The Department of Economics provides several avenues for students to become researchers.
Students may elect to do independent study in economics, and majors in pursuit of honors will take the Economics Research Seminar as part of their coursework.
Research Opportunities for Students and Alumnae
The economics department offers the Peggy Howard Fellowship for advanced study or research. Students may also apply for research fellowships such as the Jerome A. Schiff Undergraduate Fellowship. They may be interested in the multdisciplinary approach of The Madeleine Korbel Albright Institute and apply for a fellowship (and further internship) there. Outside organizations also offer possibilities for economics students, such as The Fulbright Program or The Thomas R. Pickering Foreign Affairs Fellowship, among many others.
Internships are also available via the Wellesley Department of Economics Audrey Freeman '51 Summer Internship in Economics , general College internships that can be pursued with an economics focus, such as Wellesley Internships in Latin America , or internships through other academic or research organizations such as The Brookings Institute .
The Center for Work and Service as well as economics department faculty can help guide students to promising internships and fellowships for their own research.
The Ruhlman Conference
Made possible by the Barbara Peterson Ruhlman Fund for Interdisciplinary Study, the Ruhlman Conference takes place each spring semester and is intended to foster collaboration among students and faculty across the disciplines and to enhance the intellectual life of the College. The conference celebrates intellectual life by sponsoring a communal, public event where students have an opportunity to present their work to an unusually wide audience. By providing an opportunity for public presentation of what is often a private, isolated activity, the conference demonstrates that research can be part of the ongoing conversation in a community of scholars.
Students in the Economics Department frequently participate in this conference as an invaluable opportunity to present the findings of their thesis research. Following is a list of Economics student presentations from the Ruhlman Conference in spring of 2010:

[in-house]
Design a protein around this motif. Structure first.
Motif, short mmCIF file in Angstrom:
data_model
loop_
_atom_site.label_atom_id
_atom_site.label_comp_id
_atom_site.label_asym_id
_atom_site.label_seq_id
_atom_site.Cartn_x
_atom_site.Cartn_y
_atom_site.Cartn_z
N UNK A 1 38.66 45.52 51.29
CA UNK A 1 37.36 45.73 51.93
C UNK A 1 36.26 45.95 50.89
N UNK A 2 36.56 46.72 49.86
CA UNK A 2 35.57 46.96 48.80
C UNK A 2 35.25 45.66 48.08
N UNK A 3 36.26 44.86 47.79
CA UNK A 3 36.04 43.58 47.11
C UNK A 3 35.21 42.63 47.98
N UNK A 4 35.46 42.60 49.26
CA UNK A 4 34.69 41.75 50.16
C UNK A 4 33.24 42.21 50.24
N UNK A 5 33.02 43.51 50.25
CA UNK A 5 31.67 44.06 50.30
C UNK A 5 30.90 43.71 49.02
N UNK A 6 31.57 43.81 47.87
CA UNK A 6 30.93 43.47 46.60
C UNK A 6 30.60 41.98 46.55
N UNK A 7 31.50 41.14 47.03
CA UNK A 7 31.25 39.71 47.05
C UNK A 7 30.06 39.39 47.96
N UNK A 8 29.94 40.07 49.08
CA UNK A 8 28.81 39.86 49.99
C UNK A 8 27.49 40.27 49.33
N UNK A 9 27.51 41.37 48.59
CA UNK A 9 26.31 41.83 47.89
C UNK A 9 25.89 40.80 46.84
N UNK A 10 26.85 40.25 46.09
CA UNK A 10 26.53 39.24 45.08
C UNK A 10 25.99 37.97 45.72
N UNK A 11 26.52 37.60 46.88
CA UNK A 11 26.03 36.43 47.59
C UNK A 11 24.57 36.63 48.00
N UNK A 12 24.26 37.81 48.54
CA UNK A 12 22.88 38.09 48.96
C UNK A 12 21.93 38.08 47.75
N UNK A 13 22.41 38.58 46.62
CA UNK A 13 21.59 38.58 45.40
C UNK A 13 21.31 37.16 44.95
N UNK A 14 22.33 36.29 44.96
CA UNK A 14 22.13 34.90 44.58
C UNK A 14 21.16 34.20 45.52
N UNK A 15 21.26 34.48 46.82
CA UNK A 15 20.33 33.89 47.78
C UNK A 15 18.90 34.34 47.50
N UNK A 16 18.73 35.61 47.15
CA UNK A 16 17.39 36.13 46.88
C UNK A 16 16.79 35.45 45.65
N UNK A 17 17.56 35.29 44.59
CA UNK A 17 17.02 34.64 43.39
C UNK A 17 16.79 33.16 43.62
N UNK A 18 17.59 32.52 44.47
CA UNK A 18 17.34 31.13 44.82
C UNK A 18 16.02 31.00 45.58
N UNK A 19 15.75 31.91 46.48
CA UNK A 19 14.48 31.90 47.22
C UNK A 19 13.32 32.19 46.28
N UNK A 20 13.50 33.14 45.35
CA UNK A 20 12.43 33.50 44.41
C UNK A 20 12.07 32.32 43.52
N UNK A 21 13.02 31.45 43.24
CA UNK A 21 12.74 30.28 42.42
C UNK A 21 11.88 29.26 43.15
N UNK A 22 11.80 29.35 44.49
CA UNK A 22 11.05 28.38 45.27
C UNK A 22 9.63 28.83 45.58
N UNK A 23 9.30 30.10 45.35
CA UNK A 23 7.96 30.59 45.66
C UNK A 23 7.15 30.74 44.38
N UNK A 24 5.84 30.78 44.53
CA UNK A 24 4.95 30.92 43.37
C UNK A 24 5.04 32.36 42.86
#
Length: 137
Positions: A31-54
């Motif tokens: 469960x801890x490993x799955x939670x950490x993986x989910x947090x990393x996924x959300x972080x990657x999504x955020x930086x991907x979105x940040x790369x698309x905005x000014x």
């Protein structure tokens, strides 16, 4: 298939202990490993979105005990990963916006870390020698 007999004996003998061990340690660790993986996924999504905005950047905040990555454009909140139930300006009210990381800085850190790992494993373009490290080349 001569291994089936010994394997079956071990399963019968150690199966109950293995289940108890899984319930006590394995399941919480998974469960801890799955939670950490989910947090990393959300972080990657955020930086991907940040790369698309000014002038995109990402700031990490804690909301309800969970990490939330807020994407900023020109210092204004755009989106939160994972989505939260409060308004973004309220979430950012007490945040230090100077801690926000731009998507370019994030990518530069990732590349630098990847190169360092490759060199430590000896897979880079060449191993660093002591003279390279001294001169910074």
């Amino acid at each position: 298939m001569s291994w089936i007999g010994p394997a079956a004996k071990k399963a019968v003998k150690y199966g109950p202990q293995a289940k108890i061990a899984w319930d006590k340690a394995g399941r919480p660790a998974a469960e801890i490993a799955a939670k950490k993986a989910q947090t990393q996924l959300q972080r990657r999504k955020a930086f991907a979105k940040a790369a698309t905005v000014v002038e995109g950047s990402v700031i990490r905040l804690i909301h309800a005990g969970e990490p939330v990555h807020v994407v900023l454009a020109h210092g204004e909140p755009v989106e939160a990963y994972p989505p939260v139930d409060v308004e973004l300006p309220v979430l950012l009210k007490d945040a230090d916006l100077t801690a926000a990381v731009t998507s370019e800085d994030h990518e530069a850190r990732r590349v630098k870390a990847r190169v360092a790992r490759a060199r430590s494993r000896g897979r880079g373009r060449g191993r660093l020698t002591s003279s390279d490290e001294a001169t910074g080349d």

Lisa Abraham, “The Effect of Mandated Benefits for Alcohol and Substance Abuse Treatment on Infant Health Outcomes”
Runshan Deng, “Does Obstetric Intervention Improve Infant Health? An Economic Analysis”
Ilana Orloff, “Does Accessible Health Care Make a Difference? The Effects of Health Insurance Use of Preventative Care and on Health Outcomes among Diabetics”
Susun Kim, “Does Health Insurance Affect Utilization of Health Services and Health Outcomes? Evidence from Cancer Patients with and without Medicare Eligibility”
Hannah Dornbusch and Hilary Gram, “Global Crises, Global Solutions: Climate Change”
K. Sooah Cho, Darshini Patel, and Soumya Srinagesh, “Educational Outcomes: How Can Education Reduce Income Inequality in a Period of Accelerating Globalization?”
Kerry Scanlon and Bebe Zhao, “Hunger and Malnutrition”
Bellina Tse, Michell Dong, and Lehui Liang, “Financial Instability”
Sara Propp and Alexandra Solimano, “Terrorism”
Leslie Sheng Shen, “Foreign Shocks and Domestic Policies: Evidence from Credit Default Swap Spreads”
Jacqueline Valentine, “Who Owned Early Corporations? Wealth, Status, and Stockholding in the Early Nineteenth Century U.S.”
June Wang, “The Effect of Bankers on Firm Boards: Evidence from New England, 1871–1880”
Afia Tasneem , “Trade Liberalization and Child Labor: Does Increase in Exports Decrease Child Labor?”
Tejaswi Velayudhan, “Contraceptive Choices and Consequences in Bangladesh and India”
Natalia Kopyra, “Political Elites in Russia and the Effect of Their Background on Economic Outcomes”